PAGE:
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Can Siteimprove spellcheck Chinese, Japanese and other languages that use syllabic writing systems?

By Guðrún Unnur Gústafsdóttir

Unfortunately Siteimprove cannot check "symbol" languages such as Chinese, Japanese or Korean. This article is intended to explain to why this is. 

A word in Chinese usually consists of 1-3 symbols. Words and phrases that belong to each other are mostly written in one line without spaces because they are not necessary in the same way that they are necessary in English, French, Danish or German. So you may have a line of symbols that look like one word with 8 letters, but it might actually be a sentence that could be anything from 3-8 words. 

Chinese symbols that appear on websites are mostly written on Roman alphabet keyboards using what is called the Pinyin input method. Pinyin is the way the symbols are written with roman letters.
For example "你好" is a Chinese greeting (Hello) that would be spelled like this in roman letters: "nihao". There are several applications that make it fairly easy to write symbols that way. A user would write "nihao" into his pinyin input application, would receive a few different possible symbols to choose from, needs to choose the correct symbol(s) and to enter them into a document or content editor. The potential problem arises when you do not use the correct symbol for what you actually want to say, because then the sentence may either change its meaning or lose its meaning entirely.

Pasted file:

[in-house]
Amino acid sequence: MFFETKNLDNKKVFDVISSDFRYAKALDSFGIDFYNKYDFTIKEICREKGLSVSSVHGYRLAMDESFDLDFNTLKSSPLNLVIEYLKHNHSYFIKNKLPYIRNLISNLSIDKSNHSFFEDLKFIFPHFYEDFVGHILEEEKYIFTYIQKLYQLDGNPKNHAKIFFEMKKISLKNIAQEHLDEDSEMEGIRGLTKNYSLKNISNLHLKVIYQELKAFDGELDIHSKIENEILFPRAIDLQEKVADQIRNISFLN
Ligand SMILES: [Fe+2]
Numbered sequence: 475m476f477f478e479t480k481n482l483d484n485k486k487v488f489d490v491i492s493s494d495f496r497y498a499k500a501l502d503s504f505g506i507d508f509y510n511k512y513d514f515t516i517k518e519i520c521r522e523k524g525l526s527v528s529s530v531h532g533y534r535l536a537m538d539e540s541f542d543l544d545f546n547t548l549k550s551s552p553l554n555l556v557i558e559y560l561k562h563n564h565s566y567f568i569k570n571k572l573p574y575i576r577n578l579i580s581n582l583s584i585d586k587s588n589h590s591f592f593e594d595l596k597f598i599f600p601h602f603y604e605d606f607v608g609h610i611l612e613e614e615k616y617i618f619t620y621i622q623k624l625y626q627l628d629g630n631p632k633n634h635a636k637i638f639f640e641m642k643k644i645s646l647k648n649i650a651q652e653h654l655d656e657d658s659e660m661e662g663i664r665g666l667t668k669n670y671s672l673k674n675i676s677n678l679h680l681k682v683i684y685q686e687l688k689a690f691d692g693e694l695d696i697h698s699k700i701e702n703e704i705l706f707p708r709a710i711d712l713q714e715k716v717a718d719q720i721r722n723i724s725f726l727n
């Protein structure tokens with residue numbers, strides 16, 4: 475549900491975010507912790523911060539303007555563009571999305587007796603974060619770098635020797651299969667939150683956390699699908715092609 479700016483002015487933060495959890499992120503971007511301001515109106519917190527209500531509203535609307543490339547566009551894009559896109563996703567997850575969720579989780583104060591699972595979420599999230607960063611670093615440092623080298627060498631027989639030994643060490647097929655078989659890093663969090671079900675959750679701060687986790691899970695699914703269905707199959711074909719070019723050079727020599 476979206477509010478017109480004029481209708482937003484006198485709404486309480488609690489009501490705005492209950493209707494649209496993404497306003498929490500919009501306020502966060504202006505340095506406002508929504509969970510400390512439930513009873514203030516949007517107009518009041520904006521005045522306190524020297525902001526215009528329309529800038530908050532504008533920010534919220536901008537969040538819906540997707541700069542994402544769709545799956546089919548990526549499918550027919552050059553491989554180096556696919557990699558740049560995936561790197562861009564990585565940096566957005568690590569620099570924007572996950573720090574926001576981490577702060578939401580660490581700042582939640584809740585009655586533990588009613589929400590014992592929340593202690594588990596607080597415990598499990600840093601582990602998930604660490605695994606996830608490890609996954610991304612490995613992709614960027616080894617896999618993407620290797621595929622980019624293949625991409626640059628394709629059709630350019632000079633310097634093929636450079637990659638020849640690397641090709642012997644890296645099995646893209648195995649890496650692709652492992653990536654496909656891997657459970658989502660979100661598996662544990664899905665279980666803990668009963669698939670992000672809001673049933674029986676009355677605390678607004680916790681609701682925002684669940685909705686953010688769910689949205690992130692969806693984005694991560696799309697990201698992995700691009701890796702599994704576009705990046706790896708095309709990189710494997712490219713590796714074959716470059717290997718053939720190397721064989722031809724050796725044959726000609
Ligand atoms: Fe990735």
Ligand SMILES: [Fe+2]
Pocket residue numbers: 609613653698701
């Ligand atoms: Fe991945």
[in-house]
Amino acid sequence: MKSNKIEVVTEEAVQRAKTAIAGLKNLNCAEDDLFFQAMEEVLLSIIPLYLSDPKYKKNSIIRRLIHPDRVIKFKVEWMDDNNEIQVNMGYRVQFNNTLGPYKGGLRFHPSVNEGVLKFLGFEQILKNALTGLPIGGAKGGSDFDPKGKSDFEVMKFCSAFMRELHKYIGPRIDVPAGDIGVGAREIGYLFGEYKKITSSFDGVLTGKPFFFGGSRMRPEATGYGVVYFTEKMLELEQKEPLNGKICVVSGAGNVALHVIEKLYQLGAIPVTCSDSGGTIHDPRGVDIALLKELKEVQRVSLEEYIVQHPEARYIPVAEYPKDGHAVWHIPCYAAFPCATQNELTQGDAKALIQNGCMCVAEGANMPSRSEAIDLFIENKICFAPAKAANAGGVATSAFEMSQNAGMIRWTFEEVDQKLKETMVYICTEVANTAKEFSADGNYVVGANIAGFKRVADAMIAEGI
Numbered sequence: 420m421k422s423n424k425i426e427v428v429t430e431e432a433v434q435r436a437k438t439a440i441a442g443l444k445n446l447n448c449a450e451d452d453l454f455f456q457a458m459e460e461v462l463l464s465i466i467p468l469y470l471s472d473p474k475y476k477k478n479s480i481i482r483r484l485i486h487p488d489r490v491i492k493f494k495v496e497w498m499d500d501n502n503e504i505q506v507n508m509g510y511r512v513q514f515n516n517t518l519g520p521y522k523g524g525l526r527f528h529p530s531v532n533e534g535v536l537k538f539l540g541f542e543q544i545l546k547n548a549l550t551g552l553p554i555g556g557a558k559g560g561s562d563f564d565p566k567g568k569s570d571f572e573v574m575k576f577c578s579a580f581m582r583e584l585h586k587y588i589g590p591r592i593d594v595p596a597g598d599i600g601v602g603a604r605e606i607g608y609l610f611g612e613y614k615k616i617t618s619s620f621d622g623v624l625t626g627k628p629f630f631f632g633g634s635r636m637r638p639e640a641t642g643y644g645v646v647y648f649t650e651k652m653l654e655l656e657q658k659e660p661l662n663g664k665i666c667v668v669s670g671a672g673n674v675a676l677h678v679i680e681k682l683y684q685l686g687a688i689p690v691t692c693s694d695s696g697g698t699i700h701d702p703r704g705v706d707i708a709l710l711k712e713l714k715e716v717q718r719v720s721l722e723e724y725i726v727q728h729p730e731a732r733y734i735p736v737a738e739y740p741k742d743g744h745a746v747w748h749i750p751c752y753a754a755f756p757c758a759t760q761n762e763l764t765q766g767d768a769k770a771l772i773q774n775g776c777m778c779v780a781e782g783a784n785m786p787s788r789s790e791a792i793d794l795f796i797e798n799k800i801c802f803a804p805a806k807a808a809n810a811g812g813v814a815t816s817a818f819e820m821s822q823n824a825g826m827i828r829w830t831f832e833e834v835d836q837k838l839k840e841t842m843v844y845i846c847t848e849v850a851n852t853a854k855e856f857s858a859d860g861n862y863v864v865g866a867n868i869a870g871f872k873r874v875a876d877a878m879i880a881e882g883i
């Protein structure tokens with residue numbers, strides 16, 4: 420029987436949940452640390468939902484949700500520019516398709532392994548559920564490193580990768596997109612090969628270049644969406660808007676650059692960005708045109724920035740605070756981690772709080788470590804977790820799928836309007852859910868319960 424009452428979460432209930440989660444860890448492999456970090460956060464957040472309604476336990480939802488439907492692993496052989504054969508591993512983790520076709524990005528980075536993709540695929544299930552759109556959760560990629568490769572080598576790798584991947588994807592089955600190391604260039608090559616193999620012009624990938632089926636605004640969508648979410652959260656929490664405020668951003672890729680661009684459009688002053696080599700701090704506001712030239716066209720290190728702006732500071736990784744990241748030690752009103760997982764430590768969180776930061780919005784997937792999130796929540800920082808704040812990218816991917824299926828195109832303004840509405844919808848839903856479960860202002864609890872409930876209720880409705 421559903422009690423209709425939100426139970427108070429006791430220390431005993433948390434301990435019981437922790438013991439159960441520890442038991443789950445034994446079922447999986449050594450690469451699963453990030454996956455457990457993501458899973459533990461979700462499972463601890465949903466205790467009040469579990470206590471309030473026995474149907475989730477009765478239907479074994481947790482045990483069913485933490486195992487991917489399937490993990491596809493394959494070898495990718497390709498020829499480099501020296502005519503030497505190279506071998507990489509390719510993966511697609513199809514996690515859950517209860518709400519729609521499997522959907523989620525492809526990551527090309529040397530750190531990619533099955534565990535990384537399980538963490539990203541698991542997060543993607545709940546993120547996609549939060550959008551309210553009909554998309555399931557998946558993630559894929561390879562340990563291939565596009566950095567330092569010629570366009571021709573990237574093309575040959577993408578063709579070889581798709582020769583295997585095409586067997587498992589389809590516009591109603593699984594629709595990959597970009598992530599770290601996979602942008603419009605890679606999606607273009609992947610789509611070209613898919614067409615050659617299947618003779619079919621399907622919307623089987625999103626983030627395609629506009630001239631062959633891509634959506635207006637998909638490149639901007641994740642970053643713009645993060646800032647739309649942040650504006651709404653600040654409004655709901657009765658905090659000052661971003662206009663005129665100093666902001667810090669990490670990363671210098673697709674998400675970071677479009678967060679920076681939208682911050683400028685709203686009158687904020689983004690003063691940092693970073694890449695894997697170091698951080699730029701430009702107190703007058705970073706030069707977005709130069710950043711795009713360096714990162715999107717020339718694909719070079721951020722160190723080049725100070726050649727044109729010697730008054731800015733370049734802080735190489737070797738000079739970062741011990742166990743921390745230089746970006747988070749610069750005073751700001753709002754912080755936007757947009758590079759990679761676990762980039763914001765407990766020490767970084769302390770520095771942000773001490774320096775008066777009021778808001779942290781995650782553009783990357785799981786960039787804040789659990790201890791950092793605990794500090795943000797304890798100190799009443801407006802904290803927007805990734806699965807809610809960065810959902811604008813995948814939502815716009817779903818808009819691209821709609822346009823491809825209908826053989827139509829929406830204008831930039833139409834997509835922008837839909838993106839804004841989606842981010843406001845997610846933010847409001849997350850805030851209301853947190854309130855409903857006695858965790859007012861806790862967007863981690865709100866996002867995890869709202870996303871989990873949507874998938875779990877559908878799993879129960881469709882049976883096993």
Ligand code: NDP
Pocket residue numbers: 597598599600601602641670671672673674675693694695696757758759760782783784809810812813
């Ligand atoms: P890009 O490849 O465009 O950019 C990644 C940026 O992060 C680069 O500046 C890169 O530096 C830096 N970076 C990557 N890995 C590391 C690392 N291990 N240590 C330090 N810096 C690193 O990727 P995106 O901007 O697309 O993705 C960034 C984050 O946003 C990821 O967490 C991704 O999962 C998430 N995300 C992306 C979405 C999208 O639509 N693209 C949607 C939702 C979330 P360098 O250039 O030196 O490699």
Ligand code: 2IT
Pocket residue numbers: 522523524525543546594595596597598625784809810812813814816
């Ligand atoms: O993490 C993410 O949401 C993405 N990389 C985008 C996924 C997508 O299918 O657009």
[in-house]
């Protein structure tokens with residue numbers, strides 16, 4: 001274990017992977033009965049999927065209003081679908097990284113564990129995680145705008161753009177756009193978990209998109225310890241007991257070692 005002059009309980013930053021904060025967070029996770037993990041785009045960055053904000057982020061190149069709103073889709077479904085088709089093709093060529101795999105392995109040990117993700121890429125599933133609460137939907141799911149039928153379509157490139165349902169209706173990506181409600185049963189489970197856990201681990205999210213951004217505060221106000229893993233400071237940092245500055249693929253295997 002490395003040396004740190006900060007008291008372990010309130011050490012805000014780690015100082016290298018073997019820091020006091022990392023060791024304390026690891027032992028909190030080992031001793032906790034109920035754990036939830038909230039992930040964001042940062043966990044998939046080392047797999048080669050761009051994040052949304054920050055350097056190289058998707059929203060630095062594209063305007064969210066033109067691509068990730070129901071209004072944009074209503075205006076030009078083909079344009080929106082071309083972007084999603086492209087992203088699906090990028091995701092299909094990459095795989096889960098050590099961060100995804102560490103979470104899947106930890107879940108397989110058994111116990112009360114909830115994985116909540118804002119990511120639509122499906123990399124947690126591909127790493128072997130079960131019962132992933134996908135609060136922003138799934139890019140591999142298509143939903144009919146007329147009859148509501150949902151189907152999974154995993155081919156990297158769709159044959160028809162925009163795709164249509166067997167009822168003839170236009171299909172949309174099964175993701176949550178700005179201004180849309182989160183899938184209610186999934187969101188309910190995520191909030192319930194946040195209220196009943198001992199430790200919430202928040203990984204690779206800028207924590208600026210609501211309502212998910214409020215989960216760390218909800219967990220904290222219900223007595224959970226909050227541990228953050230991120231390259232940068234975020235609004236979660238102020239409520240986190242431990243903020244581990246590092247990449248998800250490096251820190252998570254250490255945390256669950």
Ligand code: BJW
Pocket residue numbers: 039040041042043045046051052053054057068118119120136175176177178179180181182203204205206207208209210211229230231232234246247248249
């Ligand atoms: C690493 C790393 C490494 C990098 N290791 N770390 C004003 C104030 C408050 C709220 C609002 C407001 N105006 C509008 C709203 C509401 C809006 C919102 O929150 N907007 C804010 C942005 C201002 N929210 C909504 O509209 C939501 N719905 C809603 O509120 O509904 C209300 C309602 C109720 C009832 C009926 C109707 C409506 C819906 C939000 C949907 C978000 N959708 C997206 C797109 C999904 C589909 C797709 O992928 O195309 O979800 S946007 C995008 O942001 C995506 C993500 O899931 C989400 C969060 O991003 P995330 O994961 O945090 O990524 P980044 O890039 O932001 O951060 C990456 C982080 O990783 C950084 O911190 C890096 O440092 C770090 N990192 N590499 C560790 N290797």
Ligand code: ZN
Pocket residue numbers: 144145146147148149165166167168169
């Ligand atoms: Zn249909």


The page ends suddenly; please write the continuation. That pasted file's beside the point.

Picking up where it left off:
When it comes to proofreading the Chinese language, it is not the symbols themselves that would be useful to check, but rather if the chosen symbols match the intended meaning of the sentence. Unfortunately, an automated way to proofread the meaning of symbols in sentences is not possible at this time. This type of proofreading method would require artificial intelligence that actually understands the meaning of what a content editor is trying to say. So far this is only possible with human proofreaders.

Siteimprove is currently not able to spellcheck Chinese, Japanese or other "symbol" languages.

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